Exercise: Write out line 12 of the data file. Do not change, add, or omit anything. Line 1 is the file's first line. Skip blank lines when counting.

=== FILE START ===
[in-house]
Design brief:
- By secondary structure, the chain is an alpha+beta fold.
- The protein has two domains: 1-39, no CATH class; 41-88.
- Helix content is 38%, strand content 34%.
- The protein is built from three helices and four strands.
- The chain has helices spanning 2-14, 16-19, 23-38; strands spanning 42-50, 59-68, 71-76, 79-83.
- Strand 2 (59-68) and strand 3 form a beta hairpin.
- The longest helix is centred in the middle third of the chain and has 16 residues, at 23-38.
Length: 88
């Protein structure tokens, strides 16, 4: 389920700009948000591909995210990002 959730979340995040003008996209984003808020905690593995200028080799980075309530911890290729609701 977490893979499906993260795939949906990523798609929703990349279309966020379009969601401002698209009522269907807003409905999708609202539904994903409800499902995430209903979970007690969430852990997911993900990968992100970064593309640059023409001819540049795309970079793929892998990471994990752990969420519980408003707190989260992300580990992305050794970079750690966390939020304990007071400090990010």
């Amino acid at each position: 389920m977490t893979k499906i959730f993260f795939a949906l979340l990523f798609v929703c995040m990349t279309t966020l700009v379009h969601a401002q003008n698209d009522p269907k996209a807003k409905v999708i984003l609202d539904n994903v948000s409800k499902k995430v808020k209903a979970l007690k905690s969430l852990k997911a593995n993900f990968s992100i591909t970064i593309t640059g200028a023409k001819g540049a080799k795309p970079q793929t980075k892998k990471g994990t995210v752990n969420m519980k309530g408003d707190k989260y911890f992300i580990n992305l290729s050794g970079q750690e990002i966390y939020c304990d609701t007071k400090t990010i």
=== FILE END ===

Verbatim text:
């Amino acid at each position: 389920m977490t893979k499906i959730f993260f795939a949906l979340l990523f798609v929703c995040m990349t279309t966020l700009v379009h969601a401002q003008n698209d009522p269907k996209a807003k409905v999708i984003l609202d539904n994903v948000s409800k499902k995430v808020k209903a979970l007690k905690s969430l852990k997911a593995n993900f990968s992100i591909t970064i593309t640059g200028a023409k001819g540049a080799k795309p970079q793929t980075k892998k990471g994990t995210v752990n969420m519980k309530g408003d707190k989260y911890f992300i580990n992305l290729s050794g970079q750690e990002i966390y939020c304990d609701t007071k400090t990010i």